In this episode, David and Will discuss discuss Gavin Newsom’s “Marshall Plan” for California; a state court decision to allow assisted suicide; a November proposition to split California into three states; Berkeley’s declaration that climate change is worse than World War II; and a new state law that will leave you feeling so dirty.
David and Will discuss the latest moves by California’s government union leaders to clown Wall Street and to eliminate news of the outside world. As a digestif, we’ll sip Victor Davis Hanson’s delightful National Review essay on the future – and the past – of California conservatism.
David and Will discuss Stockton’s proposal to pay potential shooters not to shoot people; Iowa congressman Steve King’s bill that would put people like Oakland’s mayor in prison; and a California court orders the state to count ballots that have been locked in a safe in Sacramento for five years. Secret bonus track: Art Laffer’s prediction that the Trump tax plan will send Californians packing for low-tax states.
David and Will take notice of a recent declaration from the IRS that the state of California is not a reliable tax adviser. Governor Jerry Brown tells cities the state can’t help them survive the coming pension crisis, and the California Teachers Association doubles down on its worst impulses. Special bonus: reader comments!
David and Will discuss the real fight over how to spend the state’s imaginary budget surplus, a plan to substitute International Workers Day for Washington or maybe Lincoln’s birthday observances, and what’s making California city managers nervous.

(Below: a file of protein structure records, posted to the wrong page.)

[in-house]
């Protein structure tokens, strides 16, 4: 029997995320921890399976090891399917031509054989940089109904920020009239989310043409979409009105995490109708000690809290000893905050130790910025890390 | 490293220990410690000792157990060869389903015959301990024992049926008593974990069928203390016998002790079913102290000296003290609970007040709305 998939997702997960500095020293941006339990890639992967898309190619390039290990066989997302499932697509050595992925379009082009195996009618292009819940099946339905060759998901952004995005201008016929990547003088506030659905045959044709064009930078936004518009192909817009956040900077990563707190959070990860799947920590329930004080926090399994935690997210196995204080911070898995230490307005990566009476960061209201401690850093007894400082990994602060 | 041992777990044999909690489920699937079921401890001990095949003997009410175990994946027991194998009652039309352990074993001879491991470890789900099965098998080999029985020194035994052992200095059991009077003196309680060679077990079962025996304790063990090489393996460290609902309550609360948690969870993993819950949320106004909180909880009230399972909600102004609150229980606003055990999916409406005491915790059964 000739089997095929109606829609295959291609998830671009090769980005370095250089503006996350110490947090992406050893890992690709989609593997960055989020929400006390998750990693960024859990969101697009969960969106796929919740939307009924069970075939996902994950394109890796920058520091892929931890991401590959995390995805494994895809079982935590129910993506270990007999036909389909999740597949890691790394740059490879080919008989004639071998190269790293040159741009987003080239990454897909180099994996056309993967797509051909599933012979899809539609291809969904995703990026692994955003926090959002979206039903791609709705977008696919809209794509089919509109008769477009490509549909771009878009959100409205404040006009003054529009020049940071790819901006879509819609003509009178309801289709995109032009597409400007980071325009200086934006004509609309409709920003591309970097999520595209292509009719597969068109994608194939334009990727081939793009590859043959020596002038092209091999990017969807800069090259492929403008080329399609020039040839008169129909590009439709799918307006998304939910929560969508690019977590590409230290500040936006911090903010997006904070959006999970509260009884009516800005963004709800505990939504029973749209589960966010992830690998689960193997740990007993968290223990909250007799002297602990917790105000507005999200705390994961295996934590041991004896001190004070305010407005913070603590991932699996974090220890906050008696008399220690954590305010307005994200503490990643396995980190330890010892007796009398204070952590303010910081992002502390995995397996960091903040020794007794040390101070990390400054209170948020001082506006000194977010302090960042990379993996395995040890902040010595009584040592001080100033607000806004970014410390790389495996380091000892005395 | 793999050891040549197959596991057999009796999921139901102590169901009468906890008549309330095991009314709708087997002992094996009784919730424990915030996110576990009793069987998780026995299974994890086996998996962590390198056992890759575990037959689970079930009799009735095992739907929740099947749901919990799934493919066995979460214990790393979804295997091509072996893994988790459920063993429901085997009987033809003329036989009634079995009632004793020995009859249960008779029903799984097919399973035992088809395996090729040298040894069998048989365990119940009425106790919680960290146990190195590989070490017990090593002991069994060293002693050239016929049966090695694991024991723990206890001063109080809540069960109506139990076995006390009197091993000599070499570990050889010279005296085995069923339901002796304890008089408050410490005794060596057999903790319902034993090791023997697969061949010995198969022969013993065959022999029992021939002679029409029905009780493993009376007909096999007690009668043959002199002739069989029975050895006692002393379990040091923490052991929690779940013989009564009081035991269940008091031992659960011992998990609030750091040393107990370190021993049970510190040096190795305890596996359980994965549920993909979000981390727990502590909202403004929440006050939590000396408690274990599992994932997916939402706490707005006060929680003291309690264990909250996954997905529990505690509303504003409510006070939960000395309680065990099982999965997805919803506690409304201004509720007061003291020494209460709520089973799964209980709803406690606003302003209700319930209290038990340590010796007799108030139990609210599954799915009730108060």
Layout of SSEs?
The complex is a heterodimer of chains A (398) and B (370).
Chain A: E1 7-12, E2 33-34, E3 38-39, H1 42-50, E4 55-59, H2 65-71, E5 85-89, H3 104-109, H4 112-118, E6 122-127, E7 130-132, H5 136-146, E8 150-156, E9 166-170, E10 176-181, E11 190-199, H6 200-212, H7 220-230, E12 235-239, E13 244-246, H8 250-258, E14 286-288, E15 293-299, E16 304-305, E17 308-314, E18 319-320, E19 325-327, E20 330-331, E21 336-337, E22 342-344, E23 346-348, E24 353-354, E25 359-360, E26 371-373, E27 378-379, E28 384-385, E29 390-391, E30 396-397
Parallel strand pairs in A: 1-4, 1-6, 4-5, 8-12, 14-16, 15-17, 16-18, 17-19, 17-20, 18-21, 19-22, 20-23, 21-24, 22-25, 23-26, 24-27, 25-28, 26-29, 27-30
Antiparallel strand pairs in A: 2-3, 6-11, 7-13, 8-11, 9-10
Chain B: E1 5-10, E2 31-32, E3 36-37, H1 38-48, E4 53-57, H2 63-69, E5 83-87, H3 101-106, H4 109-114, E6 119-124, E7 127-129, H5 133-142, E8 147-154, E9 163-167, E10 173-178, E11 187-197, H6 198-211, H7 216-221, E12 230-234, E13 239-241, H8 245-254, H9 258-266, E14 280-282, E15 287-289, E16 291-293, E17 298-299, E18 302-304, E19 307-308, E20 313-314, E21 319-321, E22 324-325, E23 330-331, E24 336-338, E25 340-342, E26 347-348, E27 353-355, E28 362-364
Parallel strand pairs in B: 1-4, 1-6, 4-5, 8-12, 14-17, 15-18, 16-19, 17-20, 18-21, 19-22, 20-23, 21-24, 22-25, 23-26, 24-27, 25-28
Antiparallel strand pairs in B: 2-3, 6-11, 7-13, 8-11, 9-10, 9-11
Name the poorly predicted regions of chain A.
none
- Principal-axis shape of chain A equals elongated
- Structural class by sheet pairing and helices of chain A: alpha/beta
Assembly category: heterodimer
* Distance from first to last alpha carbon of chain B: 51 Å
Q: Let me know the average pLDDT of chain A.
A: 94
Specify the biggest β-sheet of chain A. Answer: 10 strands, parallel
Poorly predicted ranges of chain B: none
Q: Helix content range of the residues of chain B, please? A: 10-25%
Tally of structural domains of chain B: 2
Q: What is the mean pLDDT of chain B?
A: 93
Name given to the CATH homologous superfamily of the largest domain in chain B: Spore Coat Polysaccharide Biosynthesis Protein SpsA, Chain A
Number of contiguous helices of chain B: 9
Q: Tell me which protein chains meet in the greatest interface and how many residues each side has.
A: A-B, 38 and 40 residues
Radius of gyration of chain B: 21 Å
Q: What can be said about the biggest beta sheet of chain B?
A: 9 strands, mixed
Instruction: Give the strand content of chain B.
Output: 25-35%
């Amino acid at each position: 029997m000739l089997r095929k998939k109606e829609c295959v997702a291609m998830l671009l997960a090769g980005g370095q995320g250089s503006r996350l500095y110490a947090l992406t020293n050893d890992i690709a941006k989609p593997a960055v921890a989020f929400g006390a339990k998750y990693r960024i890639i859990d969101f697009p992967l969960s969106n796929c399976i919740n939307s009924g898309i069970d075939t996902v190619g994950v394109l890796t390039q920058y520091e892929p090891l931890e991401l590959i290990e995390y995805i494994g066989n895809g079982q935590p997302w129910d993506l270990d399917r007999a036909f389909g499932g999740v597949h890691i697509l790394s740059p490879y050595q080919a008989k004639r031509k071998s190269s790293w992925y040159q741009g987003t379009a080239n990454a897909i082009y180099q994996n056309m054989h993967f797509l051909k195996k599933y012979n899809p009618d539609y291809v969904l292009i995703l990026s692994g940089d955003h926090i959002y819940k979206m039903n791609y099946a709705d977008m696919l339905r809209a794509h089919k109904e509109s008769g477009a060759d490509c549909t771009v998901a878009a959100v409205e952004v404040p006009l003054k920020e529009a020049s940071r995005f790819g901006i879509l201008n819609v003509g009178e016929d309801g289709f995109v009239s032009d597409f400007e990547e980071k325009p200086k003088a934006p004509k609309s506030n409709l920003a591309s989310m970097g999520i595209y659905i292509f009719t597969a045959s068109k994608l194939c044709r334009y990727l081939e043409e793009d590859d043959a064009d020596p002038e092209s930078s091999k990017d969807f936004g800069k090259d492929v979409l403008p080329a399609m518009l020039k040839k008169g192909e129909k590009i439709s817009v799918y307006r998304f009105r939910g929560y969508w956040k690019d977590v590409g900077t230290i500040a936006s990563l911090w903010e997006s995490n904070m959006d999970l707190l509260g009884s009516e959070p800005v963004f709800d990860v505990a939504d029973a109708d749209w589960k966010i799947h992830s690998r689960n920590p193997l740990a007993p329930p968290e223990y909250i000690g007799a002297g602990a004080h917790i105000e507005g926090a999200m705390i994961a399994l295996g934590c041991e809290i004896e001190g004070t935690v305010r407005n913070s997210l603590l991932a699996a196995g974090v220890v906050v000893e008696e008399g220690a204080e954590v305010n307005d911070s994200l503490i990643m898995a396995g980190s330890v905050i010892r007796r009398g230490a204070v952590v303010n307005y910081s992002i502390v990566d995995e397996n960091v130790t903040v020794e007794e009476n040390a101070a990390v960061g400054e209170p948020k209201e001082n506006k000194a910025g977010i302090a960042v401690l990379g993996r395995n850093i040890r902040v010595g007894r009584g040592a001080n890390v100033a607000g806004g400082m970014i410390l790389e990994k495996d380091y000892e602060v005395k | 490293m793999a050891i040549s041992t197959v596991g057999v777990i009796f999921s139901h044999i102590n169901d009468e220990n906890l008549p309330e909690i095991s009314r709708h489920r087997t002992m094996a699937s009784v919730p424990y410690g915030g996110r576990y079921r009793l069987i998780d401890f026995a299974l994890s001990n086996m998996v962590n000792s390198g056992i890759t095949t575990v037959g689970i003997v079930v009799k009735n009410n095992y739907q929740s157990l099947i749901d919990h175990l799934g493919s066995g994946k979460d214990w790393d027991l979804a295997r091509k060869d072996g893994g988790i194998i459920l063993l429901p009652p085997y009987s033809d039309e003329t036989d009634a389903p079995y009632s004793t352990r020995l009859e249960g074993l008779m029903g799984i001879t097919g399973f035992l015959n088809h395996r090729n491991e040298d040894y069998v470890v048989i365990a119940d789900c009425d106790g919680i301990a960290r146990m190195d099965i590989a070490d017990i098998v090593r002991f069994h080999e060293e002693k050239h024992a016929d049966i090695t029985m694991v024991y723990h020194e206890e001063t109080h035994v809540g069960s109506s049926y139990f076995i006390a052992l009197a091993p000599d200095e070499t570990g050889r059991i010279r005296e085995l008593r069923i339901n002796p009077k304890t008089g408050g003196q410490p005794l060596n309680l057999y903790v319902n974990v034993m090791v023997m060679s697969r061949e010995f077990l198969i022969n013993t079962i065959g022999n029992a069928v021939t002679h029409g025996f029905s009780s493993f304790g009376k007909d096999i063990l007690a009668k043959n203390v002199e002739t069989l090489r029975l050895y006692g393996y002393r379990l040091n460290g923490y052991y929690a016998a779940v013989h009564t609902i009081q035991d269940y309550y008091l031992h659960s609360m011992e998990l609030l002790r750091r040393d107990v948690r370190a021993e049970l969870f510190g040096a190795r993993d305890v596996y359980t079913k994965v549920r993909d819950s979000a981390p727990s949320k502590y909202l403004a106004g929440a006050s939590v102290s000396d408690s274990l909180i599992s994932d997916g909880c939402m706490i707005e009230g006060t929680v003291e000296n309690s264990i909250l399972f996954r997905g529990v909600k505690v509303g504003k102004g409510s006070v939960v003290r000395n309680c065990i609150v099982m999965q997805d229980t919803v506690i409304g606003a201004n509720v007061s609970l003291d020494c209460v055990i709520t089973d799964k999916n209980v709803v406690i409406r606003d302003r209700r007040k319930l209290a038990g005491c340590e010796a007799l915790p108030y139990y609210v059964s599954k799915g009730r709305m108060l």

U.S. Sen. Kamala Harris bows to her union backers, bails on UC Berkeley commencement. In other news, hosts David and Will contemplate the weirdness of a bill that will add tens of thousands of dollars to the cost of a new home – in what’s already the nation’s most expensive housing market. Bonus tracks: the choices California’s non-Democrat voters face in statewide races, and a June ballot initiative that promises to clean up the toxic waste dump better known as the Salton Sea.
David and Will discuss Kanye West on Donald Trump; David French’s defense of the Fresno State professor who danced on Barbara Bush’s grave; the LA cop who can’t be fired despite his alleged role in a drug-running operation; and Los Angeles’s decision to go Robert Rauschenberg on the city’s streets: the city will paint ’em white.
David and Will discuss a state bill that would ban the sale of books that may be offensive to the LGBTQ community; a Depression-era program that kills California jobs and illustrates the dangers of Trumpian protectionism; and the growing protest against California’s sanctuary state laws.
On this anniversary episode, David and Will consider Free College for All, the 2018 ballot initiative that would raise taxes on California’s wealthiest -- ostensibly to fund universal college education.